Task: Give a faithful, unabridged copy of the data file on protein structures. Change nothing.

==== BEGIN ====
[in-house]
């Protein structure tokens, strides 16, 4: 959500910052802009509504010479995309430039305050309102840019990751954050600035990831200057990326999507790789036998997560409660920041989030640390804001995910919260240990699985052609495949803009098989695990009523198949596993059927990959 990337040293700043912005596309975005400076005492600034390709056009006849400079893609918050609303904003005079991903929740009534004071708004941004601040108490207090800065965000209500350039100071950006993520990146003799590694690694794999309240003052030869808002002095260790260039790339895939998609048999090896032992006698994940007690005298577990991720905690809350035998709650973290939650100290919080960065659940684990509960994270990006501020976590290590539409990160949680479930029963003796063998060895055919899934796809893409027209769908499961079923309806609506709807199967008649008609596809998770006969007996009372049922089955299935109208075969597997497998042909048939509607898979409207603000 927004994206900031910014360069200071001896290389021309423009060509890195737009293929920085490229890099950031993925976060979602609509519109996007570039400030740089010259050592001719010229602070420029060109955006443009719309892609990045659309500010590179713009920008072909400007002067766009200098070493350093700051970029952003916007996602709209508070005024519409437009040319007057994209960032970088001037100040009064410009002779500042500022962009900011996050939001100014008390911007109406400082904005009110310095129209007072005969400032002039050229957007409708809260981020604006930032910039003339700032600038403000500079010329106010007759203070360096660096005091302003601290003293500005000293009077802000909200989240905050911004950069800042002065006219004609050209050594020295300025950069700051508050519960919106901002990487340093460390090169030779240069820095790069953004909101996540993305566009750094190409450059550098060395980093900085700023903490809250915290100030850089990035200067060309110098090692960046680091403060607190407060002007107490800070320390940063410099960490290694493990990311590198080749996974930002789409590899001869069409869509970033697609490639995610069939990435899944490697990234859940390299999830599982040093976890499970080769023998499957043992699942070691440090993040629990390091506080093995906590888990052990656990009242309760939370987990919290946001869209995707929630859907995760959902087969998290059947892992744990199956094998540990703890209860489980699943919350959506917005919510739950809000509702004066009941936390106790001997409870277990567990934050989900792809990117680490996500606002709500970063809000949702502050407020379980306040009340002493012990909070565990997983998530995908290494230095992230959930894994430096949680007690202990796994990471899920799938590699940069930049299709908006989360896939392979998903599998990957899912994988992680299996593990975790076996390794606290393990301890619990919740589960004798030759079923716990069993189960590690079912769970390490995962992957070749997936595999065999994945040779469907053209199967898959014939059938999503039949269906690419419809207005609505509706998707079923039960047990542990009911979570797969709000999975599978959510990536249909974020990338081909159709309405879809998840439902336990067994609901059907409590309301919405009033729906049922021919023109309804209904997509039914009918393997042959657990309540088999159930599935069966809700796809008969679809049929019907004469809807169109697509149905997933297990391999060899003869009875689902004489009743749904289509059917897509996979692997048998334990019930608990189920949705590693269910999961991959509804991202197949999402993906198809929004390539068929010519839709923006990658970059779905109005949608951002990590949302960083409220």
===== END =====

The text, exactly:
[in-house]
């Protein structure tokens, strides 16, 4: 959500910052802009509504010479995309430039305050309102840019990751954050600035990831200057990326999507790789036998997560409660920041989030640390804001995910919260240990699985052609495949803009098989695990009523198949596993059927990959 990337040293700043912005596309975005400076005492600034390709056009006849400079893609918050609303904003005079991903929740009534004071708004941004601040108490207090800065965000209500350039100071950006993520990146003799590694690694794999309240003052030869808002002095260790260039790339895939998609048999090896032992006698994940007690005298577990991720905690809350035998709650973290939650100290919080960065659940684990509960994270990006501020976590290590539409990160949680479930029963003796063998060895055919899934796809893409027209769908499961079923309806609506709807199967008649008609596809998770006969007996009372049922089955299935109208075969597997497998042909048939509607898979409207603000 927004994206900031910014360069200071001896290389021309423009060509890195737009293929920085490229890099950031993925976060979602609509519109996007570039400030740089010259050592001719010229602070420029060109955006443009719309892609990045659309500010590179713009920008072909400007002067766009200098070493350093700051970029952003916007996602709209508070005024519409437009040319007057994209960032970088001037100040009064410009002779500042500022962009900011996050939001100014008390911007109406400082904005009110310095129209007072005969400032002039050229957007409708809260981020604006930032910039003339700032600038403000500079010329106010007759203070360096660096005091302003601290003293500005000293009077802000909200989240905050911004950069800042002065006219004609050209050594020295300025950069700051508050519960919106901002990487340093460390090169030779240069820095790069953004909101996540993305566009750094190409450059550098060395980093900085700023903490809250915290100030850089990035200067060309110098090692960046680091403060607190407060002007107490800070320390940063410099960490290694493990990311590198080749996974930002789409590899001869069409869509970033697609490639995610069939990435899944490697990234859940390299999830599982040093976890499970080769023998499957043992699942070691440090993040629990390091506080093995906590888990052990656990009242309760939370987990919290946001869209995707929630859907995760959902087969998290059947892992744990199956094998540990703890209860489980699943919350959506917005919510739950809000509702004066009941936390106790001997409870277990567990934050989900792809990117680490996500606002709500970063809000949702502050407020379980306040009340002493012990909070565990997983998530995908290494230095992230959930894994430096949680007690202990796994990471899920799938590699940069930049299709908006989360896939392979998903599998990957899912994988992680299996593990975790076996390794606290393990301890619990919740589960004798030759079923716990069993189960590690079912769970390490995962992957070749997936595999065999994945040779469907053209199967898959014939059938999503039949269906690419419809207005609505509706998707079923039960047990542990009911979570797969709000999975599978959510990536249909974020990338081909159709309405879809998840439902336990067994609901059907409590309301919405009033729906049922021919023109309804209904997509039914009918393997042959657990309540088999159930599935069966809700796809008969679809049929019907004469809807169109697509149905997933297990391999060899003869009875689902004489009743749904289509059917897509996979692997048998334990019930608990189920949705590693269910999961991959509804991202197949999402993906198809929004390539068929010519839709923006990658970059779905109005949608951002990590949302960083409220």